How multiple factors of climate change affect soil
A team of ecologists at Freie Universität Berlin studied soil and how it was affected by multiple factors of climate change. The team, led by Prof. Dr. Matthias Rillig, experimentally examined effects of up to 10 factors of climate change by randomly adding an increasing number of such factors. Results on soil functions and biodiversity showed consistent trends with increasing number of factors added, irrespective of what the factors were. The results give a rare glimpse into what might happen under climate change when considering a wide range of factors simultaneously: there were ecological "surprises," and it was quite difficult to accurately predict effects when many factors were involved. The study highlights the urgent need to focus on multifactor studies and appears in the current issue of Science.
Imagine soil in the city or on an agricultural field: what will it have to deal with? Specifically, how many anthropogenic factors will act on it? There might be increasing temperature, drought, the presence of microplastic, various pesticides, heavy metals, salinity, atmospheric nitrogen deposition—a wide range of factors with different modes of action and different effects. Such a situation is very difficult to capture in experiments, because such a study would have a high corresponding number of factors, and all combinations of such factors. For example, an experiment examining the effect of 10 interacting factors would have over 1000 treatment combinations. Such experiments are not possible in ecology.
Likely for this reason, soil ecologists have so far studied mostly the effects of one or two factors at a time. "About 99 percent of the over 1000 papers we screened for this study only examined effects of one or two factors on soils, with very few experiments looking at more factors," explains Dr. Anika Lehmann, a member of Professor Rillig's team at Freie Universität Berlin.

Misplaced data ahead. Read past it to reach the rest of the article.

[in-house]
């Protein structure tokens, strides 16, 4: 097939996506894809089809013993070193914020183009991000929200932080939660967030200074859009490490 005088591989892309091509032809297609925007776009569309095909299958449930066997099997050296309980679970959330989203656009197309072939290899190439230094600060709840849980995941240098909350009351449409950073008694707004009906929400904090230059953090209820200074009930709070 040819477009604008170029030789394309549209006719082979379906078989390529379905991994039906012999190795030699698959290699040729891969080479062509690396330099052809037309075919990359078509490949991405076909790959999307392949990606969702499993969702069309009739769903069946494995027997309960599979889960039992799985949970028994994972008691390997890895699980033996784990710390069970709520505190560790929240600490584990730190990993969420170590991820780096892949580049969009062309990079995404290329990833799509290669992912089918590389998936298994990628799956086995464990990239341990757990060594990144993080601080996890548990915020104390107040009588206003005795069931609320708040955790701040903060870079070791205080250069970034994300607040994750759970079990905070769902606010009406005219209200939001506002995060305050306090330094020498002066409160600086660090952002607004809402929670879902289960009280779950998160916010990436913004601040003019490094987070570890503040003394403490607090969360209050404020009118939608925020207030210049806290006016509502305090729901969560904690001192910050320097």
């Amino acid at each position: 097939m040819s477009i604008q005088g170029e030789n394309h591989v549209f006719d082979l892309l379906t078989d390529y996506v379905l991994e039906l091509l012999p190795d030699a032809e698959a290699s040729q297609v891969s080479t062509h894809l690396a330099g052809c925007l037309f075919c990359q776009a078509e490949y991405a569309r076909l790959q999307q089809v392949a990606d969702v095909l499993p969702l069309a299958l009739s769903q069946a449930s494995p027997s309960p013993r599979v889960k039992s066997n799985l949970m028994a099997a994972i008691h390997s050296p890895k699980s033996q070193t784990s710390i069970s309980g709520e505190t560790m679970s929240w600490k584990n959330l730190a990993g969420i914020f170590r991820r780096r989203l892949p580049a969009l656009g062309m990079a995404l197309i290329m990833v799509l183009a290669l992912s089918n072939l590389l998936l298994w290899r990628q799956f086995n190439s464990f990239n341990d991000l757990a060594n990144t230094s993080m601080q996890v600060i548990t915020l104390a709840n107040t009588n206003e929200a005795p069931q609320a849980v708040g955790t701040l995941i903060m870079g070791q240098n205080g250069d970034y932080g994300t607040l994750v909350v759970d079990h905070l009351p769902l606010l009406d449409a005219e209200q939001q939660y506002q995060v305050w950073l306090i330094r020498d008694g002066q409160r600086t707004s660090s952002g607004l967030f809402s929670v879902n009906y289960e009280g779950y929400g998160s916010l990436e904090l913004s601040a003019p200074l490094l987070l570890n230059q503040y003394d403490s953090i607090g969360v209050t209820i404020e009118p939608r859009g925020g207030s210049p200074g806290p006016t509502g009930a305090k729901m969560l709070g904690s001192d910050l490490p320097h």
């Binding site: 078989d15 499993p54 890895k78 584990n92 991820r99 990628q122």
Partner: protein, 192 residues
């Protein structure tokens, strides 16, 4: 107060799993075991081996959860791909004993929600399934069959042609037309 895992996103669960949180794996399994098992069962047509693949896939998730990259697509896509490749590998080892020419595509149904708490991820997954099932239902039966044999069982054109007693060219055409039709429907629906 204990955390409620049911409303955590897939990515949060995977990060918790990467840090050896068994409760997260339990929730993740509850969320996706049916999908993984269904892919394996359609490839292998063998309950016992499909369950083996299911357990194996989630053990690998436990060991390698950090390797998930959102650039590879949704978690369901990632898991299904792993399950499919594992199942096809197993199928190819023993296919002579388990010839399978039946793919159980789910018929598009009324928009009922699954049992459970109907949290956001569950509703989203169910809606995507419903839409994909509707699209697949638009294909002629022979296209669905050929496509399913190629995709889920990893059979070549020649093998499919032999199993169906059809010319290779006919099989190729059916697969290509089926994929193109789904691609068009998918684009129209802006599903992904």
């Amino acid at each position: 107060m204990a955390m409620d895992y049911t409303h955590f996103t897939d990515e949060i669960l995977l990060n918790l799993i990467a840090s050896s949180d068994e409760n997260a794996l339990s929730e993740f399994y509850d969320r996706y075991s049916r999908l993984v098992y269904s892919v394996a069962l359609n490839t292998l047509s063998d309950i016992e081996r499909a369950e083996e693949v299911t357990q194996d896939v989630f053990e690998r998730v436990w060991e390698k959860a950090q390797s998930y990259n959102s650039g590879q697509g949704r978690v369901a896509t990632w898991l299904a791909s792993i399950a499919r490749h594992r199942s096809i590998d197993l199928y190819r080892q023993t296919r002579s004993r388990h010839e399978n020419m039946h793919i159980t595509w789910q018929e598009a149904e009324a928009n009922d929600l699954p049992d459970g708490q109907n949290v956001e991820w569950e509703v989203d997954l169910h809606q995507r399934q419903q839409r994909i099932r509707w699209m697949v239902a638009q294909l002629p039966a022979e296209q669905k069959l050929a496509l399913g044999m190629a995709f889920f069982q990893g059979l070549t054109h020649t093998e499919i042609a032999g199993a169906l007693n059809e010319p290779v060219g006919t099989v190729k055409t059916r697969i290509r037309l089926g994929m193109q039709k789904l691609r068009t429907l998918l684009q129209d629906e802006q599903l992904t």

Rillig and co-workers then examined the effects of 10 factors of climate change in a microcosm experiment. First, each factor was examined on its own. Then the team looked at the effects of having more and more factors included by randomly adding factors from the set of 10 factors. This way, they could ask: What is the effect of just the number of factors, rather than what they actually are? The results were quite surprising, given the wide range of factors that were used: For all the responses measured, parameters related to soil carbon storage and biodiversity of fungi, there was a clear trend with the number of factors included; this trend was a decline in soil functions and in biodiversity.
This means that the direction of effects could be known simply by knowing how many factors were acting on the soil and its organisms, irrespective of what they actually were. For predicting the actual effect, it was still helpful to know which factors were involved, and it was very difficult to impossible to predict what the exact responses were as an increasing number came into play, but the direction of effects was clear.
"The consequences of these results are a bit sobering, but there is also some good news here," explains Rillig. First, this means that scientists are currently still quite ignorant of what might actually happen with climate change in reality, with more and more factors acting on ecosystems. In addition, there may be some surprises in store: For example, in the experiment, soils became water-repellent with many factors applied, something that was not apparent at all from looking at the single-factor results.
On the other hand, this might also mean that everything helps—every factor that we eliminate or reduce will potentially help soils and ecosystems. Moreover, some factors are interrelated, such as factors of climate change or pesticide applications, which means that by reducing some (via changes in behavior or suitable policy measures), others could be reduced, as well. "What has become very clear from our study is that we need to rethink climate change biology with a focus on the multitude of factors and their interactions," says Rillig.